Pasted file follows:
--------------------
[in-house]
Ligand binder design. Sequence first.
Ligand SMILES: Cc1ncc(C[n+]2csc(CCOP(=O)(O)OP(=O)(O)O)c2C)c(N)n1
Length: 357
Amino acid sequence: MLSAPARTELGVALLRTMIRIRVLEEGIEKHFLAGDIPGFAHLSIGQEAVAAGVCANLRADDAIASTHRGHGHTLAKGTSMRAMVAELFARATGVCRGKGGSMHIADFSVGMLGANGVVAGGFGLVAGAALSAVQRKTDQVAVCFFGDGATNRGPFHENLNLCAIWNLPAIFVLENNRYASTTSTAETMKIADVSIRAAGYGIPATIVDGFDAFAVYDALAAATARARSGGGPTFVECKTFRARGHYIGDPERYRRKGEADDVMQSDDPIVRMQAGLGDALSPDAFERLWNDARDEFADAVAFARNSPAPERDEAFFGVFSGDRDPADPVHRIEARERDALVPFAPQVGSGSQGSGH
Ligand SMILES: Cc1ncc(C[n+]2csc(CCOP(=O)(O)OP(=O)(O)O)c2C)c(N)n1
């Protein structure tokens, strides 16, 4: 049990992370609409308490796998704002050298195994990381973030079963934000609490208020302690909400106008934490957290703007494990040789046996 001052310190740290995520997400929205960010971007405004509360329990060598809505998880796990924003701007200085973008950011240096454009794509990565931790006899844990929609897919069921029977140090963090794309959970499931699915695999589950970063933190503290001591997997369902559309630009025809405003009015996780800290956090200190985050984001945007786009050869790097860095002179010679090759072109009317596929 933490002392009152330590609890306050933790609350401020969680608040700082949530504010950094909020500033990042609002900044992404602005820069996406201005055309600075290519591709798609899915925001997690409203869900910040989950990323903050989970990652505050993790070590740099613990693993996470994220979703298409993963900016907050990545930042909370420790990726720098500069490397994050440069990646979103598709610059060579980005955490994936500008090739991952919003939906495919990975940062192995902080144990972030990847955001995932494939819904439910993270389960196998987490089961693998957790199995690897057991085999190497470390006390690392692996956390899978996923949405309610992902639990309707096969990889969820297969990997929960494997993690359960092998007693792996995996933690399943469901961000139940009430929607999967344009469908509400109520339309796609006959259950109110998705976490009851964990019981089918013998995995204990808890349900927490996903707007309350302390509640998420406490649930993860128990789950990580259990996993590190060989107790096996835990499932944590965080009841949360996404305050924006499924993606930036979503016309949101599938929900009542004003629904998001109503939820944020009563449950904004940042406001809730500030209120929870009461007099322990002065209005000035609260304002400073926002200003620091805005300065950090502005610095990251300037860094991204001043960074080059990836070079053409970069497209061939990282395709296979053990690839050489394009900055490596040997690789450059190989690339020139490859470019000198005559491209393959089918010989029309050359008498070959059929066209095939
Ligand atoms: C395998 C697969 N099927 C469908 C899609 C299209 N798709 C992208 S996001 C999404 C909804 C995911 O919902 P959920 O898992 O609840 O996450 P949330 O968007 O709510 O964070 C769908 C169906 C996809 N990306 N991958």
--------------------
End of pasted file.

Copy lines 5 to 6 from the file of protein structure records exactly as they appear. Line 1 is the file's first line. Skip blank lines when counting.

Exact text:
Amino acid sequence: MLSAPARTELGVALLRTMIRIRVLEEGIEKHFLAGDIPGFAHLSIGQEAVAAGVCANLRADDAIASTHRGHGHTLAKGTSMRAMVAELFARATGVCRGKGGSMHIADFSVGMLGANGVVAGGFGLVAGAALSAVQRKTDQVAVCFFGDGATNRGPFHENLNLCAIWNLPAIFVLENNRYASTTSTAETMKIADVSIRAAGYGIPATIVDGFDAFAVYDALAAATARARSGGGPTFVECKTFRARGHYIGDPERYRRKGEADDVMQSDDPIVRMQAGLGDALSPDAFERLWNDARDEFADAVAFARNSPAPERDEAFFGVFSGDRDPADPVHRIEARERDALVPFAPQVGSGSQGSGH
Ligand SMILES: Cc1ncc(C[n+]2csc(CCOP(=O)(O)OP(=O)(O)O)c2C)c(N)n1